Water Falls. It Really Does.

[First, to get this out of the way, allow me to introduce you to Miss Globe-head. That’s her over there on the right. And if you don’t know why I’m introducing the two of you, please check my previous post.]

For a number of reasons — most of them having to do with writing, by the way — I’ve been fascinated for years by the country of Wales.

(The Missus might argue with that “most of them,” by the way. She believes that I must have lived a former life there, and maybe she’s right. Not that I have any memory of it. Or evidence of it, for that matter, beyond the fascination.)

This Welsh thing of mine has taken several turns. I’ve got books about the history and culture of Wales. I’ve got a Welsh-English/English-Welsh dictionary. Somewhere along the line I even picked up a cassette-tape “teach yourself Welsh” language-instruction course.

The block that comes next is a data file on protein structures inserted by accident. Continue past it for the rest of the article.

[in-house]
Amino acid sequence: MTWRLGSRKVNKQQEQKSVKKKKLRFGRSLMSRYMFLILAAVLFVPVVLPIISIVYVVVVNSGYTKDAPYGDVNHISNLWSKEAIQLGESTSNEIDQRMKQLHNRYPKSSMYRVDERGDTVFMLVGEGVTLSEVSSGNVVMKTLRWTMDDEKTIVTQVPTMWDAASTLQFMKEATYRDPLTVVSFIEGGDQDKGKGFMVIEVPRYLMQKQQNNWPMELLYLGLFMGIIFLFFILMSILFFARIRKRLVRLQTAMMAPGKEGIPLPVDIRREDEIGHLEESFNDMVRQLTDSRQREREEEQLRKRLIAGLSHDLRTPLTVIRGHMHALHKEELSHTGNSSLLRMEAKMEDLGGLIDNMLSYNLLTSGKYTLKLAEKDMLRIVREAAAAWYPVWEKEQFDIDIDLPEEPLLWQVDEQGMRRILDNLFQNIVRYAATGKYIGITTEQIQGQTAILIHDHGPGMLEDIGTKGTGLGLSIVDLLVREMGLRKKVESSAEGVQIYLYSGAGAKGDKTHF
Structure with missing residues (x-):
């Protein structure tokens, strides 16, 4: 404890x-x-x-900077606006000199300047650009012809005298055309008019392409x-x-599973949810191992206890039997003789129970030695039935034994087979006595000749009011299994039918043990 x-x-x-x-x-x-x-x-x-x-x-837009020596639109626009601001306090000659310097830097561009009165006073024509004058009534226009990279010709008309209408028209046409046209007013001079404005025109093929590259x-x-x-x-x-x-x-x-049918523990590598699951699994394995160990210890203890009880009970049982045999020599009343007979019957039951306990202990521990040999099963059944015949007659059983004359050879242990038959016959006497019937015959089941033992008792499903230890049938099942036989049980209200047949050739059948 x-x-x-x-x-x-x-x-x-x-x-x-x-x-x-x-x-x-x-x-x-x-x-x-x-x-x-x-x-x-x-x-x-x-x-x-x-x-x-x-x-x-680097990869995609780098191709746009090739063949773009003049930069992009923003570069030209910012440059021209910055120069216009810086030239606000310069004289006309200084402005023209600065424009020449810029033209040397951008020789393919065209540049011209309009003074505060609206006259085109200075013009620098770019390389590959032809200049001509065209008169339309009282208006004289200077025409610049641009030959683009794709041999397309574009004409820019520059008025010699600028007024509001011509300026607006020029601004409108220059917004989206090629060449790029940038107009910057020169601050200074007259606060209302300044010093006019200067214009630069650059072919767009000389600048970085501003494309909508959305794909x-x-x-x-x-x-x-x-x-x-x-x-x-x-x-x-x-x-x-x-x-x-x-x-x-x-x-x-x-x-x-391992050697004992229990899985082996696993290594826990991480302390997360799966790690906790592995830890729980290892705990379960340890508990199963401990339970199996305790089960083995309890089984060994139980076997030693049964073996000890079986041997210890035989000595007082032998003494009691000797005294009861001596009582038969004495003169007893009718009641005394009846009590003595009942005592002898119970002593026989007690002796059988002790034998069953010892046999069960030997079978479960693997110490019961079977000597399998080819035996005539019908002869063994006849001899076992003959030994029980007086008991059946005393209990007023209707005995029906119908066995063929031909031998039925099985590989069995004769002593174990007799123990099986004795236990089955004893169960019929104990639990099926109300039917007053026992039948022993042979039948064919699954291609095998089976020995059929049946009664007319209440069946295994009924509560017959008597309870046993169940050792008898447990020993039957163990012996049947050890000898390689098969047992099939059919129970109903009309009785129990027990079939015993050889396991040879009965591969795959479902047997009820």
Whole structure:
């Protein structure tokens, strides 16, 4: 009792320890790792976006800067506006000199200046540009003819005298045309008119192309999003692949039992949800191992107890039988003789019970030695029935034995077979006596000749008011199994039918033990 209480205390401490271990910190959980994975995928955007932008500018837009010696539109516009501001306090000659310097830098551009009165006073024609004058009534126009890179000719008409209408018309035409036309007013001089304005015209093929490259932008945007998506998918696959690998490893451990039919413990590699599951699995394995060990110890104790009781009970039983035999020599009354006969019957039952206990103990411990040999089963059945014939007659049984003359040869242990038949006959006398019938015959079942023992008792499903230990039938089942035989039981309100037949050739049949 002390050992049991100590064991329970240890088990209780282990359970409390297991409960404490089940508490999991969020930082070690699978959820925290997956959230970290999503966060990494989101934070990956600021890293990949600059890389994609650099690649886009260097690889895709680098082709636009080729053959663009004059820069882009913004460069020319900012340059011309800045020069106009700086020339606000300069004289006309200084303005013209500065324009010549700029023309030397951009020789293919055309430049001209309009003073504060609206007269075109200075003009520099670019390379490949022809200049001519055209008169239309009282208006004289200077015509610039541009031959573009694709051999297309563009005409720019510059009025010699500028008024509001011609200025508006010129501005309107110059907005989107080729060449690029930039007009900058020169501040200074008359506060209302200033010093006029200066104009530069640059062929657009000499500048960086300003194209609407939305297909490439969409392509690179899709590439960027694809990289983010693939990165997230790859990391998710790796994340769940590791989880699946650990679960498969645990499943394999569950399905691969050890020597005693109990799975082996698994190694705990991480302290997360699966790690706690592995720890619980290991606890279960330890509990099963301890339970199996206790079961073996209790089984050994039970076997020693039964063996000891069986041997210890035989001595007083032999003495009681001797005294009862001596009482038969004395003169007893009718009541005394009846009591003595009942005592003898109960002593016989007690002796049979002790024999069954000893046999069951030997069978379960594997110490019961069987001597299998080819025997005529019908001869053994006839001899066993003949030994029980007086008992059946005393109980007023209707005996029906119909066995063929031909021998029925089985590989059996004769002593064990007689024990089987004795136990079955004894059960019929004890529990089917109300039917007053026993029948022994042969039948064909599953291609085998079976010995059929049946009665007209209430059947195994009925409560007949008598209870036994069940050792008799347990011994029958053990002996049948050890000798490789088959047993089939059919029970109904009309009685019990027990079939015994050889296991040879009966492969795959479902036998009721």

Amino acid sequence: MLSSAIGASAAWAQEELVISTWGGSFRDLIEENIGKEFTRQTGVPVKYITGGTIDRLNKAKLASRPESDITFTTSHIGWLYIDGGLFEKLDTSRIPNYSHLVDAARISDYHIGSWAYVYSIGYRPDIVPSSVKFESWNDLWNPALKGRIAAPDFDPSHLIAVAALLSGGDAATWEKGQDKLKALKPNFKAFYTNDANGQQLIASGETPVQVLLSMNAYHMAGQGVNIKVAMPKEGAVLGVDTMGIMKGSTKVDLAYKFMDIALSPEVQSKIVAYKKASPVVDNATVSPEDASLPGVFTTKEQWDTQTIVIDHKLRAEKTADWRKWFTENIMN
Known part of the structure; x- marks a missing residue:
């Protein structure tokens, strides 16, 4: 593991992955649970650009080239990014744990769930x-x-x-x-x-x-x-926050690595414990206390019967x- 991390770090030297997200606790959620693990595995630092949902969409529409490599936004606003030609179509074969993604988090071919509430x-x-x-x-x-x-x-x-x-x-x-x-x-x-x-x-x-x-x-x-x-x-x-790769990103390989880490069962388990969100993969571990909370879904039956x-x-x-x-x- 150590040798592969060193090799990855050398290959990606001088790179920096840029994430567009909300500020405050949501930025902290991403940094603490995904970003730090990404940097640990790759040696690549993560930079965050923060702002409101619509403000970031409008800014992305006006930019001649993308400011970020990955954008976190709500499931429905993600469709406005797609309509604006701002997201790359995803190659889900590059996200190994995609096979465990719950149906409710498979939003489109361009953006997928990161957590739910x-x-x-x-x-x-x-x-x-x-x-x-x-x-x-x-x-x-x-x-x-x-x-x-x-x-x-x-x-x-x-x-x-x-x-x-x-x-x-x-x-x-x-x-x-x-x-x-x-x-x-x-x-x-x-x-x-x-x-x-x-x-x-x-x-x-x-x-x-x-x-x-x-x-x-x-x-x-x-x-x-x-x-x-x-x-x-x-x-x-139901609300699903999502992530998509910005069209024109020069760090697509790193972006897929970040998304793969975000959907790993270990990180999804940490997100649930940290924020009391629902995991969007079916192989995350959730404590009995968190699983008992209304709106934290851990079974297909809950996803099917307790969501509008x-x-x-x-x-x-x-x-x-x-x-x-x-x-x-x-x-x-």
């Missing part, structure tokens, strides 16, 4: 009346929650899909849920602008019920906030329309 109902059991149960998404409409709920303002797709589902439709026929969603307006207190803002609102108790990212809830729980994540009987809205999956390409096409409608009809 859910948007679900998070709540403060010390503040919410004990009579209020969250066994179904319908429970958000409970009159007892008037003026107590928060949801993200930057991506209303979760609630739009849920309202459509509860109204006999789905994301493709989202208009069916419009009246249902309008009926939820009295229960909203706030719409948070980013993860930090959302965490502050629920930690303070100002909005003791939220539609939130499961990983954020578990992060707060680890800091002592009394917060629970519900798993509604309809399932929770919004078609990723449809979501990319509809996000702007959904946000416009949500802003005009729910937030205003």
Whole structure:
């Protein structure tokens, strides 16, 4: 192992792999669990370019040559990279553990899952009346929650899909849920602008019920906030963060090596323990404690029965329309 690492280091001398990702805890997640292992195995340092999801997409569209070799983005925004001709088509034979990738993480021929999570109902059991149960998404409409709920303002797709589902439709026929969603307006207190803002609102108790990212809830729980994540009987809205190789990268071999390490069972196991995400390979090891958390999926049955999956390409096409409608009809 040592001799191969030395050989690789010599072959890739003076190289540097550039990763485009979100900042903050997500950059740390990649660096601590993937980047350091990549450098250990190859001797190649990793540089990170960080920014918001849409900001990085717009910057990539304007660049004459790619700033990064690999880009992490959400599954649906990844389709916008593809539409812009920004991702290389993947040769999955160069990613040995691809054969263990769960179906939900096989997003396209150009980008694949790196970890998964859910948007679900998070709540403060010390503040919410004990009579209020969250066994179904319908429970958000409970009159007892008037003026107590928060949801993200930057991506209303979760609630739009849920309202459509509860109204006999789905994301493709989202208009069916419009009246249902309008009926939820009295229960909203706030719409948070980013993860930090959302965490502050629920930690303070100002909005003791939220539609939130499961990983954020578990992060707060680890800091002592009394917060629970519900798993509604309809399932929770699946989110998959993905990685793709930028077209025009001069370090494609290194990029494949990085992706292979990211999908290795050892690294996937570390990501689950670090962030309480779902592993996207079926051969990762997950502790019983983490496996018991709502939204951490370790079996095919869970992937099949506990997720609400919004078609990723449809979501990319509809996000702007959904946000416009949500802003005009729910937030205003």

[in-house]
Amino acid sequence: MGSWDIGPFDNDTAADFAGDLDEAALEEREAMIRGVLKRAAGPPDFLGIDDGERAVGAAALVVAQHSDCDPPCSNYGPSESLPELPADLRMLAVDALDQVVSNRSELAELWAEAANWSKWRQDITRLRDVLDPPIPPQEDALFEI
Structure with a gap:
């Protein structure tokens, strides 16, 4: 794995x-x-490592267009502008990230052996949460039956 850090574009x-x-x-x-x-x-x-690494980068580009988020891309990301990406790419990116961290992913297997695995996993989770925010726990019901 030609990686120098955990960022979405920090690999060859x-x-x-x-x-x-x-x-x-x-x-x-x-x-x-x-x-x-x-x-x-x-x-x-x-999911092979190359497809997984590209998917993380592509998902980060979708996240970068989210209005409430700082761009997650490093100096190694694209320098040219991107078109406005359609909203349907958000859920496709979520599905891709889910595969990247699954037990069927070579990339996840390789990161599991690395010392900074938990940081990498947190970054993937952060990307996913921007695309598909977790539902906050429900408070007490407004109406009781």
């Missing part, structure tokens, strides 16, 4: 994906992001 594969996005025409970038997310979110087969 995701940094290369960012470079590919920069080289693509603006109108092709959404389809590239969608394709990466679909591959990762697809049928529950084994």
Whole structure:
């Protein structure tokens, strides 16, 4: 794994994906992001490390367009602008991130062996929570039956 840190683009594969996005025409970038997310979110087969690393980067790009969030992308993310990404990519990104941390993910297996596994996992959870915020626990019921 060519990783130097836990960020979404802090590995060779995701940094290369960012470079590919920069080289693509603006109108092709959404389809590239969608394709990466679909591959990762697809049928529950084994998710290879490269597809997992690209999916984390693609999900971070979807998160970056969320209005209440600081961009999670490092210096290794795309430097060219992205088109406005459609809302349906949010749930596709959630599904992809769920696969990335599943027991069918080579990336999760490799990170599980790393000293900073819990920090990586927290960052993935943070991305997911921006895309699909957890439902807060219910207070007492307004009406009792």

Sometime in the early ’90s I was in a used bookstore in Charlottesville, Virginia, and came across a beautiful picture book called The Waterfalls of Wales, by one John Llewelyn Jones. (And it was beautiful, despite the fact that except for the cover, all its photographs were in black-and-white.)

Aside from the Welsh connection, I think what drew me to the book was the subject: waterfalls in general.

Now, if you’ve been following weather news during this hurricane season, you know that the topic of running water is especially fraught for people around the state of Florida right now. But the water-borne terrors of Fay, say, are of a completely different character than the sorts of running water I’m thinking of.

Consider, for example, this photograph (not from the book) of Sgwd Isaf Clun Gwyn, Afon Mellte (roughly, “White Meadow Lower Falls, [on the] River Mellte” — and if anyone can supply more polish to the translation, please speak up!):

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